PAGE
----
Mori’s response was that the US Government admits Hicks “never shot anybody, but we know the Taliban had 40,000 to 60,000 personnel over there. People were actually shooting. Why isn’t the US out rounding up the people who actually shot?”.

The charge of material support for terrorism is of further concern to the defence lawyer.

“Material support for terrorism never existed in any US military manual as a law of war offence. I doubt it ever existed in any Australian law manual. It’s never been prosecuted in the International Criminal Tribunal for Yugoslavia. I’ve never seen it done before.”

But once again, Davis held a differing view. “That’s incorrect, and Major Mori knows that,” he said. “The material support for terrorism has been a criminal offence in the United States for more than a decade.”

If two of the chief lawyers in Hicks’s trials cannot agree on a fundamental understanding of the charges levelled against the detainee, what hope does a jury have in forming a view on his guilt or otherwise?

But aside from the issue of charges, the terminology used under the military commission legislation in respect of McLeod is also questionable. Dubbed a ‘foreign attorney consultant’ by the first act, McLeod is uncertain about the permanence of his role under the second.

“There are two lawyers in Australia who were approved by the US Department of Defence under an arrangement that was made in respect of military commission mark one, and we were given the title of ‘foreign attorney consultant’,” he said. “That gave us access to Hicks in Guantanamo Bay, and it allowed us to be part of the legal defence team.”

But with the passage of the newest military commission Act, McLeod said the expression ‘foreign attorney consultant’ seems to have disappeared.

“They are still regarding what we have signed as in place, as such, because I went to see Hicks a few weeks ago, and no one tried to stop me,” he said. “So I guess they still regard that as making me one of the legal defence team.”

McLeod’s most recent session with Hicks led him to form a view of his mental and physical condition that is at odds with the positive reassurances coming from both the Australian and US Governments.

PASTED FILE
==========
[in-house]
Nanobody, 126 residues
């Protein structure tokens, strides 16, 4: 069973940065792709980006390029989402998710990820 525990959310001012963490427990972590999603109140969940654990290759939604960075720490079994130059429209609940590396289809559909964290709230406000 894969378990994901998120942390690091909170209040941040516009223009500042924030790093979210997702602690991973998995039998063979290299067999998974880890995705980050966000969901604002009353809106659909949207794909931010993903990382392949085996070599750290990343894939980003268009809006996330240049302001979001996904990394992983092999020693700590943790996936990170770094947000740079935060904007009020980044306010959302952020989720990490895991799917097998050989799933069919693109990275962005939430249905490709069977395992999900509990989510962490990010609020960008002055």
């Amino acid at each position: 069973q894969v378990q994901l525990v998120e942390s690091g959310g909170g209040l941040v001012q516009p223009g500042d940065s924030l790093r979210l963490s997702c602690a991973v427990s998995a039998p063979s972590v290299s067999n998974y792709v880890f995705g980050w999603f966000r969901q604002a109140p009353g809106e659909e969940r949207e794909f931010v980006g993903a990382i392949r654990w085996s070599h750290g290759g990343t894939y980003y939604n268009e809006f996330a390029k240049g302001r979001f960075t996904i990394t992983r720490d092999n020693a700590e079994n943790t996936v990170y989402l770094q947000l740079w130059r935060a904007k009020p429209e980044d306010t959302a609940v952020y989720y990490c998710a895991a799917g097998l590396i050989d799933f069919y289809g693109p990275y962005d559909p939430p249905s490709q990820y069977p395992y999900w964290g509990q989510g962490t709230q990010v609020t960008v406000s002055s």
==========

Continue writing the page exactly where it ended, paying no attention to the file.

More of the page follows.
“He is in a spiral of despair. He hasn’t totally lost it … But he’s showing, as the psychologist and psychiatrist would say, all of the symptoms of someone who has been in isolation for a very long time,” McLeod said.

“He’s left with his negative thoughts, and this has had its physical impact on him. His face is drawn. His eyes … they sort of look like the eyes of someone who’s dying.”

Speaking at a lecture at the University of Technology, Sydney on Monday, McLeod said the logic behind the military commission system reminded him of the classic film Dr. Strangelove.

Perhaps the reasoning that impelled General Jack D Ripper to launch a nuclear strike against the Soviet Union in the film would sit comfortably in the strategic thought of the present-day White House.

“I can no longer sit back and allow communist infiltration, communist indoctrination, communist subversion and the international communist conspiracy to sap and impurify all of our precious bodily fluids,” Ripper said. Substitute ‘terrorist’ for ‘communist’ and its easy to imagine how Guantanamo Bay came into being.

The movie may also offer a fresh way of looking at the Supreme Court’s decision to strike down the first Military Commission. For as General Buck Turgidson offered to the US president in the ‘war room’: “Well, I, uh, don’t think it’s quite fair to condemn a whole program because of a single slip-up, sir”.